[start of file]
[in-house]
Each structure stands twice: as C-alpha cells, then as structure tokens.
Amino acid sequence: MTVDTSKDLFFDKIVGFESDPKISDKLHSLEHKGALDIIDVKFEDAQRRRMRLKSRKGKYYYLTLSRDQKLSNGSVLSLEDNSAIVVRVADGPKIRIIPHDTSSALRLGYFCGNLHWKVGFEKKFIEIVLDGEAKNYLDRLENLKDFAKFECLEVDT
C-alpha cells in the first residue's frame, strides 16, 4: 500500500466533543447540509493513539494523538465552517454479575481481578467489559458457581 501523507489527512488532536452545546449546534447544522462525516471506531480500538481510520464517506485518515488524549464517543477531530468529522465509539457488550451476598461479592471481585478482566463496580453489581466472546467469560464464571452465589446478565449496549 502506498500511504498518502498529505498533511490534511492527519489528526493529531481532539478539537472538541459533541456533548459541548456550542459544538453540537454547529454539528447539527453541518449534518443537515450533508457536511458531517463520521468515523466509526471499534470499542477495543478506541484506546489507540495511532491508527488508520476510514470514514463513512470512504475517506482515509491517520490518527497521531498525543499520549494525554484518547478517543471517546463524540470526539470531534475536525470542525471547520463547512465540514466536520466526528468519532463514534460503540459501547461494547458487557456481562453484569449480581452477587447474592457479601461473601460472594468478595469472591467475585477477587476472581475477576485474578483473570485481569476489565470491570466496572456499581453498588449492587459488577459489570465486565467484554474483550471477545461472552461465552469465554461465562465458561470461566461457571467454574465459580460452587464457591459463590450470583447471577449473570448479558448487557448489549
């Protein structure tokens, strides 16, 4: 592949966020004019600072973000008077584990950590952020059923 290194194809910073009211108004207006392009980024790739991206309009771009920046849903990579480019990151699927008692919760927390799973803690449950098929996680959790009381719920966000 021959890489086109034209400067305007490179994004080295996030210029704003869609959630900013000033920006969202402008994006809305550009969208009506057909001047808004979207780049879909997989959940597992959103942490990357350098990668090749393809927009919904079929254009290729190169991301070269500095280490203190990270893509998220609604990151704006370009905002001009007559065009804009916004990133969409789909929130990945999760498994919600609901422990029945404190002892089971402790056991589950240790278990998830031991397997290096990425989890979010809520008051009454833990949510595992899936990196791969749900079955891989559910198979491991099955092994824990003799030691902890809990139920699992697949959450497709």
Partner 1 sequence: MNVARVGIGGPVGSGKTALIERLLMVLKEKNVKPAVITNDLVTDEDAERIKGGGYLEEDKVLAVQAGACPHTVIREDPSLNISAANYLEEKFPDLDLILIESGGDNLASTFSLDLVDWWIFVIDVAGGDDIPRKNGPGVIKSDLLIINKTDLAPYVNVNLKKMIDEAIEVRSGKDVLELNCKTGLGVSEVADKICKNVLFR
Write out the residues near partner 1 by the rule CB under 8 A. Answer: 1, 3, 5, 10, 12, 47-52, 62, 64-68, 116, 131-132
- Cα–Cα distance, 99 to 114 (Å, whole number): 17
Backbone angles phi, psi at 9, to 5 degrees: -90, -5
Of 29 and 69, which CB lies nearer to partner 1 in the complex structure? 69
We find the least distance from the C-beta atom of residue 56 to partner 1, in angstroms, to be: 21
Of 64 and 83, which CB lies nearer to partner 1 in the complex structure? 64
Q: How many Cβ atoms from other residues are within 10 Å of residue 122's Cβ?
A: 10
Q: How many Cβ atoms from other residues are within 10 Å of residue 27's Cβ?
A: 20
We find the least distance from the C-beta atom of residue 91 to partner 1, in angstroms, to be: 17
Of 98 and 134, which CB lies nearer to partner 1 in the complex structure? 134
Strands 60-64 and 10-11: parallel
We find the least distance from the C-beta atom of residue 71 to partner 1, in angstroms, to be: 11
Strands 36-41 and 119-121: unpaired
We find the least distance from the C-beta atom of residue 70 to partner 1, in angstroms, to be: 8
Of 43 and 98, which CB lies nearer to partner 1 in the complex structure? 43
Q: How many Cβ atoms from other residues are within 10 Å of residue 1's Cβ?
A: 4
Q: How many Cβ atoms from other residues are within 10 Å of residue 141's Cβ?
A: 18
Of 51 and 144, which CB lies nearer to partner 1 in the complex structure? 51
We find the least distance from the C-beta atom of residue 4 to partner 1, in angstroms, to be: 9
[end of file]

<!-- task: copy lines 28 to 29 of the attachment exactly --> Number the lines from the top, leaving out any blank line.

Of 51 and 144, which CB lies nearer to partner 1 in the complex structure? 51
We find the least distance from the C-beta atom of residue 4 to partner 1, in angstroms, to be: 9